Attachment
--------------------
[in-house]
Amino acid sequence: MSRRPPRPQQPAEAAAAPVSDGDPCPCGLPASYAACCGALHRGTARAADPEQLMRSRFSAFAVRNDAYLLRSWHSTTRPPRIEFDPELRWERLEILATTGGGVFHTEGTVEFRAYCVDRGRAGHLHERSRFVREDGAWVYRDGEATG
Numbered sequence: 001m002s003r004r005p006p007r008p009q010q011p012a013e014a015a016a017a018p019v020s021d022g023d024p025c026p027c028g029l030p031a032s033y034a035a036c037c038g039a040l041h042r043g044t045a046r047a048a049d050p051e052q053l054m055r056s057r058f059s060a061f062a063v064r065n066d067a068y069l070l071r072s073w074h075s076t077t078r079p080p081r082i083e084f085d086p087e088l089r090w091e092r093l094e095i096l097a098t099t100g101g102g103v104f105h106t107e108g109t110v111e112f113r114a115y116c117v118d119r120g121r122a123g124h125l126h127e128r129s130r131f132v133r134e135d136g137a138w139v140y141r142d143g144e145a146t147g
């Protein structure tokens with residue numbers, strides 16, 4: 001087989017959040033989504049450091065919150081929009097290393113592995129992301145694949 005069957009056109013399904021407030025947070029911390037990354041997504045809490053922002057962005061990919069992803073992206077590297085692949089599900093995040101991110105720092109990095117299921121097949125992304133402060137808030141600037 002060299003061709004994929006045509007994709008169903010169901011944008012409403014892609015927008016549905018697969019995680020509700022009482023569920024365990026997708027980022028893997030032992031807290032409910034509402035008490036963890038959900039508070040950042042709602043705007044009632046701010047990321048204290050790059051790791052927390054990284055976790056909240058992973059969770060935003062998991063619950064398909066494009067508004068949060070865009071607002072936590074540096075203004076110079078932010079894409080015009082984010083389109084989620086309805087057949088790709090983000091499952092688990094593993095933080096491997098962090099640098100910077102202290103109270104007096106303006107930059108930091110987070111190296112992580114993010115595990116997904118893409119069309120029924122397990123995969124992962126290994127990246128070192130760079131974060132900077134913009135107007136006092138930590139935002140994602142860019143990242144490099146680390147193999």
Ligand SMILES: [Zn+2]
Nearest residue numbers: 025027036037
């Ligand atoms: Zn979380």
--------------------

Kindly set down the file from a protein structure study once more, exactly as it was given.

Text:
[in-house]
Amino acid sequence: MSRRPPRPQQPAEAAAAPVSDGDPCPCGLPASYAACCGALHRGTARAADPEQLMRSRFSAFAVRNDAYLLRSWHSTTRPPRIEFDPELRWERLEILATTGGGVFHTEGTVEFRAYCVDRGRAGHLHERSRFVREDGAWVYRDGEATG
Numbered sequence: 001m002s003r004r005p006p007r008p009q010q011p012a013e014a015a016a017a018p019v020s021d022g023d024p025c026p027c028g029l030p031a032s033y034a035a036c037c038g039a040l041h042r043g044t045a046r047a048a049d050p051e052q053l054m055r056s057r058f059s060a061f062a063v064r065n066d067a068y069l070l071r072s073w074h075s076t077t078r079p080p081r082i083e084f085d086p087e088l089r090w091e092r093l094e095i096l097a098t099t100g101g102g103v104f105h106t107e108g109t110v111e112f113r114a115y116c117v118d119r120g121r122a123g124h125l126h127e128r129s130r131f132v133r134e135d136g137a138w139v140y141r142d143g144e145a146t147g
């Protein structure tokens with residue numbers, strides 16, 4: 001087989017959040033989504049450091065919150081929009097290393113592995129992301145694949 005069957009056109013399904021407030025947070029911390037990354041997504045809490053922002057962005061990919069992803073992206077590297085692949089599900093995040101991110105720092109990095117299921121097949125992304133402060137808030141600037 002060299003061709004994929006045509007994709008169903010169901011944008012409403014892609015927008016549905018697969019995680020509700022009482023569920024365990026997708027980022028893997030032992031807290032409910034509402035008490036963890038959900039508070040950042042709602043705007044009632046701010047990321048204290050790059051790791052927390054990284055976790056909240058992973059969770060935003062998991063619950064398909066494009067508004068949060070865009071607002072936590074540096075203004076110079078932010079894409080015009082984010083389109084989620086309805087057949088790709090983000091499952092688990094593993095933080096491997098962090099640098100910077102202290103109270104007096106303006107930059108930091110987070111190296112992580114993010115595990116997904118893409119069309120029924122397990123995969124992962126290994127990246128070192130760079131974060132900077134913009135107007136006092138930590139935002140994602142860019143990242144490099146680390147193999």
Ligand SMILES: [Zn+2]
Nearest residue numbers: 025027036037
């Ligand atoms: Zn979380």